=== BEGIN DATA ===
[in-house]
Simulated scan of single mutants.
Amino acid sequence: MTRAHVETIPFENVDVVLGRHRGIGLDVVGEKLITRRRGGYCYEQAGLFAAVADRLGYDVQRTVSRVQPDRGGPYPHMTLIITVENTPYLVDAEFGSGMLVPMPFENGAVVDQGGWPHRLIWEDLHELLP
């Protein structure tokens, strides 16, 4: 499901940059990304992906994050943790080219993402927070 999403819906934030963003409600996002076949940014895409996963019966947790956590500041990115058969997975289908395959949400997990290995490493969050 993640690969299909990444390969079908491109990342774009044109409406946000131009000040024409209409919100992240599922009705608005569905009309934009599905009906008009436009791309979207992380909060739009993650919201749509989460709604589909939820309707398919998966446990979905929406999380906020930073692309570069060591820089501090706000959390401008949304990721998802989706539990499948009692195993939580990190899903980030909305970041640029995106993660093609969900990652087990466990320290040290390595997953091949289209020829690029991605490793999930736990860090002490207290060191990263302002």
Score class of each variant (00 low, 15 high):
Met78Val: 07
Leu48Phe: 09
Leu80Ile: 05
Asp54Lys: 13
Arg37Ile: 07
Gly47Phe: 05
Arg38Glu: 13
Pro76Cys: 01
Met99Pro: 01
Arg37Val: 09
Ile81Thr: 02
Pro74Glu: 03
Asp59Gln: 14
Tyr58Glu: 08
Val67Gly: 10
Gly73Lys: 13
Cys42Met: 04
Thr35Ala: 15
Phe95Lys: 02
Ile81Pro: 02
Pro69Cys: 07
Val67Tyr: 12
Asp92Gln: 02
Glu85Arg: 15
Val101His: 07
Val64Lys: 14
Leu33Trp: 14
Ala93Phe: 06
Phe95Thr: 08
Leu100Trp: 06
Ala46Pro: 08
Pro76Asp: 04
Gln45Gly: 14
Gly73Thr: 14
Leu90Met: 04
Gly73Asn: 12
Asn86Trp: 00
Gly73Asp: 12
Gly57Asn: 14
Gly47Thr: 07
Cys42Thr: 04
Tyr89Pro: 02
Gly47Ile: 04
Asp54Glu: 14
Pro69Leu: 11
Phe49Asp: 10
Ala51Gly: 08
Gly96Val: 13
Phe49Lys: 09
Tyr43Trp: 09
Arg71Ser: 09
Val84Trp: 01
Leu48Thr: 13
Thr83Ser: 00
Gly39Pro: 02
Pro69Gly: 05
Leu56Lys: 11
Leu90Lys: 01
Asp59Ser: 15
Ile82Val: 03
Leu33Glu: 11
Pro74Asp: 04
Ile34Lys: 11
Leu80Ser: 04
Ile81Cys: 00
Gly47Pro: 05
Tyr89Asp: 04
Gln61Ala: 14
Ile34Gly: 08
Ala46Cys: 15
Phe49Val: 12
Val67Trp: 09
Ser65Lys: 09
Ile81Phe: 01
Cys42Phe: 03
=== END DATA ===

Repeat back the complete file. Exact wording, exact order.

[in-house]
Simulated scan of single mutants.
Amino acid sequence: MTRAHVETIPFENVDVVLGRHRGIGLDVVGEKLITRRRGGYCYEQAGLFAAVADRLGYDVQRTVSRVQPDRGGPYPHMTLIITVENTPYLVDAEFGSGMLVPMPFENGAVVDQGGWPHRLIWEDLHELLP
């Protein structure tokens, strides 16, 4: 499901940059990304992906994050943790080219993402927070 999403819906934030963003409600996002076949940014895409996963019966947790956590500041990115058969997975289908395959949400997990290995490493969050 993640690969299909990444390969079908491109990342774009044109409406946000131009000040024409209409919100992240599922009705608005569905009309934009599905009906008009436009791309979207992380909060739009993650919201749509989460709604589909939820309707398919998966446990979905929406999380906020930073692309570069060591820089501090706000959390401008949304990721998802989706539990499948009692195993939580990190899903980030909305970041640029995106993660093609969900990652087990466990320290040290390595997953091949289209020829690029991605490793999930736990860090002490207290060191990263302002």
Score class of each variant (00 low, 15 high):
Met78Val: 07
Leu48Phe: 09
Leu80Ile: 05
Asp54Lys: 13
Arg37Ile: 07
Gly47Phe: 05
Arg38Glu: 13
Pro76Cys: 01
Met99Pro: 01
Arg37Val: 09
Ile81Thr: 02
Pro74Glu: 03
Asp59Gln: 14
Tyr58Glu: 08
Val67Gly: 10
Gly73Lys: 13
Cys42Met: 04
Thr35Ala: 15
Phe95Lys: 02
Ile81Pro: 02
Pro69Cys: 07
Val67Tyr: 12
Asp92Gln: 02
Glu85Arg: 15
Val101His: 07
Val64Lys: 14
Leu33Trp: 14
Ala93Phe: 06
Phe95Thr: 08
Leu100Trp: 06
Ala46Pro: 08
Pro76Asp: 04
Gln45Gly: 14
Gly73Thr: 14
Leu90Met: 04
Gly73Asn: 12
Asn86Trp: 00
Gly73Asp: 12
Gly57Asn: 14
Gly47Thr: 07
Cys42Thr: 04
Tyr89Pro: 02
Gly47Ile: 04
Asp54Glu: 14
Pro69Leu: 11
Phe49Asp: 10
Ala51Gly: 08
Gly96Val: 13
Phe49Lys: 09
Tyr43Trp: 09
Arg71Ser: 09
Val84Trp: 01
Leu48Thr: 13
Thr83Ser: 00
Gly39Pro: 02
Pro69Gly: 05
Leu56Lys: 11
Leu90Lys: 01
Asp59Ser: 15
Ile82Val: 03
Leu33Glu: 11
Pro74Asp: 04
Ile34Lys: 11
Leu80Ser: 04
Ile81Cys: 00
Gly47Pro: 05
Tyr89Asp: 04
Gln61Ala: 14
Ile34Gly: 08
Ala46Cys: 15
Phe49Val: 12
Val67Trp: 09
Ser65Lys: 09
Ile81Phe: 01
Cys42Phe: 03